Positive COVID-19 efficacy numbers from Vir Biotechnology Inc. and Glaxosmithkline plc (GSK) has prompted them to immediately seek an emergency use authorization (EUA) with the FDA and similar authorizations in other countries for their monoclonal antibody, VIR-7831.

Meanwhile, the phase III Remdacta study of Actemra/RoActemra (tocilizumab) plus Veklury (remdesivir) vs. placebo plus Veklury, from Roche Holding AG and Gilead Sciences Inc., missed its primary endpoint in treating hospitalized patients with severe COVID-19 pneumonia receiving standard of care. Veklury is an antiviral designed to help stop SARS-CoV-2 replication.

Citing the Vir-GSK drug’s evidence of “profound efficacy,” an independent data monitoring committee recommended stopping enrollment in the phase III COMET-ICE trial of VIR-7831 for early treatment of COVID-19 in adults at high risk of hospitalization. An interim analysis of data from 583 patients enrolled in the study showed an 85% (p=0.002) reduction in hospitalization or death in those receiving VIR-7831 as a monotherapy compared to placebo, the primary endpoint of the trial.

The independent data monitoring committee based its recommendation on those data.

Vir’s stock (NASDAQ:VIR) soared 32% on March 11, with shares closing at $61.83 each. The stock is 41.6% higher than its close on March 16, 2020.

The benefit is consistent with recently announced positive results for antibody cocktails from Eli Lilly and Co. and Regeneron Inc., SVB Leerink analyst Geoffrey Porges wrote on March 11, and suggests that preliminarily at least, the Vir antibody has as much neutralizing activity as its competitors’ cocktail products.

“With hospital systems just beginning to recover from the new year’s wave of patients, we note that capacity may be limited for an infused therapy. We believe that to succeed with '7831, GSK will have to educate providers on which patients could make good candidates for the MAb and work with health systems to streamline approval and capacity for the infusion,” Porges added.

As of March 8, the EMA’s Committee for Medicinal Products for Human Use issued positive scientific opinion for bamlanivimab alone and bamlanivimab plus etesevimab for treating confirmed COVID-19 in patients 12 and older who do not require supplemental oxygen and who are at high risk of progressing to severe COVID-19.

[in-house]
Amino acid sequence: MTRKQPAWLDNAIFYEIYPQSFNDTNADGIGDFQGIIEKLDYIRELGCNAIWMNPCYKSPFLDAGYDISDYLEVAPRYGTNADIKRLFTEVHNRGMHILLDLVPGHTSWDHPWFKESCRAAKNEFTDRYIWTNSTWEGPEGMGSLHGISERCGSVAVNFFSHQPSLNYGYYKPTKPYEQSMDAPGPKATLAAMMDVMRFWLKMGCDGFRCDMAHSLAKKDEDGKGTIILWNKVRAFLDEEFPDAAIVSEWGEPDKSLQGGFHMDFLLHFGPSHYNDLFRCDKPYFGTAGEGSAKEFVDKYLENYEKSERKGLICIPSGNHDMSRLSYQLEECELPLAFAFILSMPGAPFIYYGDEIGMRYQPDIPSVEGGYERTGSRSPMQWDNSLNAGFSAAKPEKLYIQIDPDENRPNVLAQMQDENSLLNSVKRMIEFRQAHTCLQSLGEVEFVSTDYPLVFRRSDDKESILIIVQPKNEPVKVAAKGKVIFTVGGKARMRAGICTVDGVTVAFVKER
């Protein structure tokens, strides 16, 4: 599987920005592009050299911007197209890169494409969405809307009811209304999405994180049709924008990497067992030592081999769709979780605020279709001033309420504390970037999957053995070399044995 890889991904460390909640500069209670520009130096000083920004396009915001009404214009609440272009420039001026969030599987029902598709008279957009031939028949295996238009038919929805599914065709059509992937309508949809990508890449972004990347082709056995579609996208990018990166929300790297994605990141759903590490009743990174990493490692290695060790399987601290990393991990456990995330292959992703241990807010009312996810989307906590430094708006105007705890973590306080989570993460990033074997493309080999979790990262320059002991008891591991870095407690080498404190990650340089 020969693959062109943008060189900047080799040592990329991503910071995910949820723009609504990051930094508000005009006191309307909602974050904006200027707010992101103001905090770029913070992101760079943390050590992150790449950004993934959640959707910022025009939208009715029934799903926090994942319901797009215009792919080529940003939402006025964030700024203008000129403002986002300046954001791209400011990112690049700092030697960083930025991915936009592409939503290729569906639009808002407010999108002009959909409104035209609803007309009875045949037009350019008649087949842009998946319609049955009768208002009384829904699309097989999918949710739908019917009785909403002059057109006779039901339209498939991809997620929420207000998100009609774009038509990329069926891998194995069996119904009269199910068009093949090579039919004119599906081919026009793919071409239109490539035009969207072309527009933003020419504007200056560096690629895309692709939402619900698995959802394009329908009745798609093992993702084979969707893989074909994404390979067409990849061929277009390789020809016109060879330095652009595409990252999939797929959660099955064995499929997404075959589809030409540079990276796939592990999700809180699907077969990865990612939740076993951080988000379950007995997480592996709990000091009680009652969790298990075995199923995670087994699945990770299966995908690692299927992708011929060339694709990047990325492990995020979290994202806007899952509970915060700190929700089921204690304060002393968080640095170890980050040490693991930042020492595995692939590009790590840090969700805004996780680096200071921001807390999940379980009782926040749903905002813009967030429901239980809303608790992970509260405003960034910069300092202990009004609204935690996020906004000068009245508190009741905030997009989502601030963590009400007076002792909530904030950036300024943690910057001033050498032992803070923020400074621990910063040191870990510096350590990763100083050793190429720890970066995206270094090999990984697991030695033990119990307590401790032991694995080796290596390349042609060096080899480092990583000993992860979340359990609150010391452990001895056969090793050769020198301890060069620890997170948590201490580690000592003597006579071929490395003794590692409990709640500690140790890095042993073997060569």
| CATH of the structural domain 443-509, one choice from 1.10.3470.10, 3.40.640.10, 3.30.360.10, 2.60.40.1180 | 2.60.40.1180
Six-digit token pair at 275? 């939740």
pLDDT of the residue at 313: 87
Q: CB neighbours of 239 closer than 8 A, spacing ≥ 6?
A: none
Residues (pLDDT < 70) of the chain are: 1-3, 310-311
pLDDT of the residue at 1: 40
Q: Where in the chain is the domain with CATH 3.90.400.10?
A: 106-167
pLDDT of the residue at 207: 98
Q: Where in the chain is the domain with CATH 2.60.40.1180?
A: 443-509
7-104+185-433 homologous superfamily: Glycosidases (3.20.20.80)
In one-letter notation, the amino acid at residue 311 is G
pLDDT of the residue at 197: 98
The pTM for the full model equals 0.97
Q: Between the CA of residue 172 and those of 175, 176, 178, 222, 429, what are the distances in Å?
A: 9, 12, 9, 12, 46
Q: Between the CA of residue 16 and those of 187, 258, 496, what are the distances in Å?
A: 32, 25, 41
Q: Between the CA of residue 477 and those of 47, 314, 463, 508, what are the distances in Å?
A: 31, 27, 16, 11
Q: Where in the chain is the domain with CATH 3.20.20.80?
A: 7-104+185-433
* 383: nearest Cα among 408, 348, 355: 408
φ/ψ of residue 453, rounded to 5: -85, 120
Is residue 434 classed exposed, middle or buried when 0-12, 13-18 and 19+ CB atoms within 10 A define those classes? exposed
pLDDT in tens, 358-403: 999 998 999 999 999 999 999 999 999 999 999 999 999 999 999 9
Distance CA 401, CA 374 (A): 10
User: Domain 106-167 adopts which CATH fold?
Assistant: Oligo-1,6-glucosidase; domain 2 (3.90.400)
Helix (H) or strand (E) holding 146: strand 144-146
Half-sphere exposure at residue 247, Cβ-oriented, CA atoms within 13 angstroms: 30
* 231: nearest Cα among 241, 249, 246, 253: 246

Initial phase III data of Regeneron’s antibody cocktail, REGEN-COV (casirivimab and imdevimab), for use as a passive vaccine to prevent COVID-19 in high-risk individuals, showed 100% efficacy in preventing symptomatic infection and about 50% lower overall rates of symptomatic and asymptomatic infection.

Cowen analyst Phil Nadeau wrote March 11 that the firm thinks the Vir-GSK results position VIR-7831 to be a best-in-class COVID-19 antibody.

The COMET development program for VIR-7831 also includes COMET-PEAK, an ongoing phase II trial comparing the safety and viral kinetics of 500 mg intramuscularly (IM) administered VIR-7831 to 500 mg intravenously administered VIR-7831 among low-risk adults with mild to moderate COVID-19 and to evaluate the similarity in pharmacokinetics between VIR-7831 manufactured by different processes.

Other VIR-7831 programs are COMET-TAIL, a phase III study expected to begin in the second quarter of 2021 in high-risk adults to assess whether IM-administered VIR-7831 can reduce hospitalization or death due to COVID-19, and also COMET-STAR, a phase III study expected to begin in the second quarter of 2021 in uninfected adults at high risk to determine whether IM-administered VIR-7831 can prevent symptomatic infection.

Nadeau wrote a few days earlier, on March 8, that the firm believes successful outcomes in the IM programs could position Vir and GSK for commercial success ahead of a potential renewed surge of COVID-19 infection rates in the 2021-2022 season.

Roche and Gilead stumble

In addition to missing the Remdacta clinical trial’s primary endpoint, the randomized, double-blind Roche-Gilead phase III study of Actemra plus Veklury vs. placebo plus Veklury also failed to meet some key secondary endpoints, including the likelihood of patient death, likelihood of progression to mechanical ventilation or death, and clinical status.

The primary endpoint was measured as the improved time to hospital discharge up to day 28 in those with severe COVID-19 pneumonia and receiving the standard of care.

In September, Roche’s phase III Empacta study of 389 hospitalized patients showed that 12.2% of those in the active treatment arm progressed to mechanical ventilation over 28 days, as compared with 19.3% of those in the control arm. Empacta, which hit its primary endpoint, evaluated the efficacy and safety of Actemra/RoActemra in treating hospitalized COVID-19 patients with pneumonia.